In a recent speech to the Greater Omaha Chamber of Commerce, Federal Reserve Chairman Alan Greenspan warned that U.S. workers must be better educated if they are to find jobs in a rapidly changing economy. He said we must provide “rigorous education and ongoing training to all members of our society,” and went on to note that better education in elementary, middle, and high schools was needed to increase the wages of lower-skilled workers and to diminish growing income inequality.
According to the U.S. Department of Labor’s Bureau of Labor Statistics (BLS), of the 21.3 million jobs expected to be created between 2002 and 2012, “professional and related occupations and service occupations are projected to increase the fastest and to add the most jobs, accounting for more than half of total job growth.” Six out of ten of the fastest growing occupations will require an associate’s degree or higher.
“Professional and related occupations” require high levels of educational attainment and are generally well paid. Most “service occupations,” which represent the second largest growing segment of the job market, require a high school degree and at least some on-the-job training. The third of the nation’s students who are not currently graduating from high school will not only be unable to compete for jobs as computer software engineers, physician’s assistants, or medical records technicians, but will also have difficulty qualifying to become home health aides, retail sales clerks, or cashiers.
Jobs in the manufacturing sector, a traditional employment route for lower-skilled workers, are expected to decline by 1 percent over the next decade. The jobs that will be available will require higher skill levels than in the past. A 2001 report by the National Association of Manufacturers points out that, already, “the most severe skills shortages now are mainly in the production workforce. These skilled hourly workers have traditionally been the backbone of manufacturing. Moreover, the major skills [that hourly workers lack, include] reading, communication, and math skills.”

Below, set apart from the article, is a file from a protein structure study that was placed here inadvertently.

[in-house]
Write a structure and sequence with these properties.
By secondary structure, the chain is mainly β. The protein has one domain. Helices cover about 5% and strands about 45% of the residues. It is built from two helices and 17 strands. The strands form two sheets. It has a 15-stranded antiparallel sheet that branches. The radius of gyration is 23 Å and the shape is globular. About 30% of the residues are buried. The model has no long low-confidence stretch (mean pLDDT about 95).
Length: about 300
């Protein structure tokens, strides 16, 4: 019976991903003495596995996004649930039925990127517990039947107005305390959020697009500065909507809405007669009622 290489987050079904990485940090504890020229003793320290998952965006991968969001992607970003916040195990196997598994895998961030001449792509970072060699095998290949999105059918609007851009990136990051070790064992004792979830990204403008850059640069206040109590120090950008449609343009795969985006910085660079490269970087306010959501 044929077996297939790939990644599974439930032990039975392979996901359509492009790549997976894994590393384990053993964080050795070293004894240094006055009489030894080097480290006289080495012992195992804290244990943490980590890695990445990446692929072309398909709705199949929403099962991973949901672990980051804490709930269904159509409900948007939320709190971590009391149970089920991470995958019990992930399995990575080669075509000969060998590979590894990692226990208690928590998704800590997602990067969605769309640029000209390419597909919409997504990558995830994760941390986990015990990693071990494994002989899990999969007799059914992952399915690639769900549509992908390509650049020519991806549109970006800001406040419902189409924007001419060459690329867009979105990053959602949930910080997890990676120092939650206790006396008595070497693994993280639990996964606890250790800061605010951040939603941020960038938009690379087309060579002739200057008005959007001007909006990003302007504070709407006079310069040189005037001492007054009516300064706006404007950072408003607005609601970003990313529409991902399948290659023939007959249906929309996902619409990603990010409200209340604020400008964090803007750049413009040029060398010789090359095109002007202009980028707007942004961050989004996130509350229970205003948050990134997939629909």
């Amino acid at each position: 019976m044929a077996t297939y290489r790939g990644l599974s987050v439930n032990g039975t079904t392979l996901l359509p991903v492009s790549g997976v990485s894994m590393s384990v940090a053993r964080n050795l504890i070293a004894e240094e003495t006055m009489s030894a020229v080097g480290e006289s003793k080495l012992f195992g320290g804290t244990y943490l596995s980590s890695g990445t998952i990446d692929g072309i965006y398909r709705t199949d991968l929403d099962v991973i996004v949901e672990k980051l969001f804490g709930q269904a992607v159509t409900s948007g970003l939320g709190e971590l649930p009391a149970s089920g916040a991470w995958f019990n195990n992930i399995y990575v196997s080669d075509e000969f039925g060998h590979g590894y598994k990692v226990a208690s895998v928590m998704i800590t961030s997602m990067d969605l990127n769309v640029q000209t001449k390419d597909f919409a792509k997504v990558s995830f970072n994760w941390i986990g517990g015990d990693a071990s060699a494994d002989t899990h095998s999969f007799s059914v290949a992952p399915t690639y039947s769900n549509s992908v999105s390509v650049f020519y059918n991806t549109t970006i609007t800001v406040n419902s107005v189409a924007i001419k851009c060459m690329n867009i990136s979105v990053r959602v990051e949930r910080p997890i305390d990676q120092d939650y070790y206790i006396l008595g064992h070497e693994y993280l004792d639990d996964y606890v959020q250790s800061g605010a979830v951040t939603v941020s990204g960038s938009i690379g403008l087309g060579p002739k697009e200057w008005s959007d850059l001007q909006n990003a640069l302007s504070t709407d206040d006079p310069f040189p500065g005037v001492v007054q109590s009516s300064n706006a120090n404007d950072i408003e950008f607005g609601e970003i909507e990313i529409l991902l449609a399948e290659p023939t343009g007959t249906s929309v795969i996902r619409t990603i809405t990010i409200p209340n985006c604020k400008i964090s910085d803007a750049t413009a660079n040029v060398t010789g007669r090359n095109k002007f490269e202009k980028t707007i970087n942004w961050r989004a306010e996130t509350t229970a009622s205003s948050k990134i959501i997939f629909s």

Greenspan noted that “In the 1920s and 1930s, high school enrollment in this country expanded rapidly. . . . In the context of the demands of the economy at that time, a high school diploma represented the training needed to be successful in most aspects of American enterprise.” Now, to meet technological advances that require workers to have higher skill levels, he said “our secondary school system needs to serve the requirements of a changing economy in the same way.”
Whether or not students choose to pursue postsecondary education, they will be far more competitive as job applicants if they graduate with high school diplomas that demonstrate basic levels of knowledge and skill in English and mathematics. For, as Greenspan pointed out, “Generic capabilities in mathematics, writing, and verbal skills are key to the ability to learn and to apply new skills and thus to earn higher wages over time.”